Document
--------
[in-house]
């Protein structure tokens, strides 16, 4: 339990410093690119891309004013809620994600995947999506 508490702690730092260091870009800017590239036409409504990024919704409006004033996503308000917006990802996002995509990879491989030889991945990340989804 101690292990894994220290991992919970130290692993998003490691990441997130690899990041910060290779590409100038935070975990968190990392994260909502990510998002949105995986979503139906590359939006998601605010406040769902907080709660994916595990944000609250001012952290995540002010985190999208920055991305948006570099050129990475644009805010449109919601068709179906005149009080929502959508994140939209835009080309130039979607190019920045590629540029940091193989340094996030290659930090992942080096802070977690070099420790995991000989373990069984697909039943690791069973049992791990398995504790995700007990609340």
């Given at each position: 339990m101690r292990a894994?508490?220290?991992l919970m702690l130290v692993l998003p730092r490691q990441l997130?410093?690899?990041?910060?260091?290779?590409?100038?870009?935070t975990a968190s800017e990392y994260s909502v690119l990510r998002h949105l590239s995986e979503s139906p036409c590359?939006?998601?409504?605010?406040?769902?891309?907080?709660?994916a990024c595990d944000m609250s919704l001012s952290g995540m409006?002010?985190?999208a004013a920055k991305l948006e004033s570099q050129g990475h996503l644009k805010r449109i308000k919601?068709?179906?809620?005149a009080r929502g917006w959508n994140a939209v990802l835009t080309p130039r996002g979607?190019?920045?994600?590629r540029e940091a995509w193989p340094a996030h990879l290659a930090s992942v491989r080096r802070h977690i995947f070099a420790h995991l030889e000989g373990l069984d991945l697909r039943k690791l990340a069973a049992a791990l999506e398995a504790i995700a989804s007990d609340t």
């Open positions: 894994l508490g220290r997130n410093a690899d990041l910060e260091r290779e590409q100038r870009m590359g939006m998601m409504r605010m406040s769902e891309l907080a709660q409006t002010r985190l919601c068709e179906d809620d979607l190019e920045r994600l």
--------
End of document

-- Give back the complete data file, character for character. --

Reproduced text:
[in-house]
């Protein structure tokens, strides 16, 4: 339990410093690119891309004013809620994600995947999506 508490702690730092260091870009800017590239036409409504990024919704409006004033996503308000917006990802996002995509990879491989030889991945990340989804 101690292990894994220290991992919970130290692993998003490691990441997130690899990041910060290779590409100038935070975990968190990392994260909502990510998002949105995986979503139906590359939006998601605010406040769902907080709660994916595990944000609250001012952290995540002010985190999208920055991305948006570099050129990475644009805010449109919601068709179906005149009080929502959508994140939209835009080309130039979607190019920045590629540029940091193989340094996030290659930090992942080096802070977690070099420790995991000989373990069984697909039943690791069973049992791990398995504790995700007990609340």
């Given at each position: 339990m101690r292990a894994?508490?220290?991992l919970m702690l130290v692993l998003p730092r490691q990441l997130?410093?690899?990041?910060?260091?290779?590409?100038?870009?935070t975990a968190s800017e990392y994260s909502v690119l990510r998002h949105l590239s995986e979503s139906p036409c590359?939006?998601?409504?605010?406040?769902?891309?907080?709660?994916a990024c595990d944000m609250s919704l001012s952290g995540m409006?002010?985190?999208a004013a920055k991305l948006e004033s570099q050129g990475h996503l644009k805010r449109i308000k919601?068709?179906?809620?005149a009080r929502g917006w959508n994140a939209v990802l835009t080309p130039r996002g979607?190019?920045?994600?590629r540029e940091a995509w193989p340094a996030h990879l290659a930090s992942v491989r080096r802070h977690i995947f070099a420790h995991l030889e000989g373990l069984d991945l697909r039943k690791l990340a069973a049992a791990l999506e398995a504790i995700a989804s007990d609340t």
């Open positions: 894994l508490g220290r997130n410093a690899d990041l910060e260091r290779e590409q100038r870009m590359g939006m998601m409504r605010m406040s769902e891309l907080a709660q409006t002010r985190l919601c068709e179906d809620d979607l190019e920045r994600l």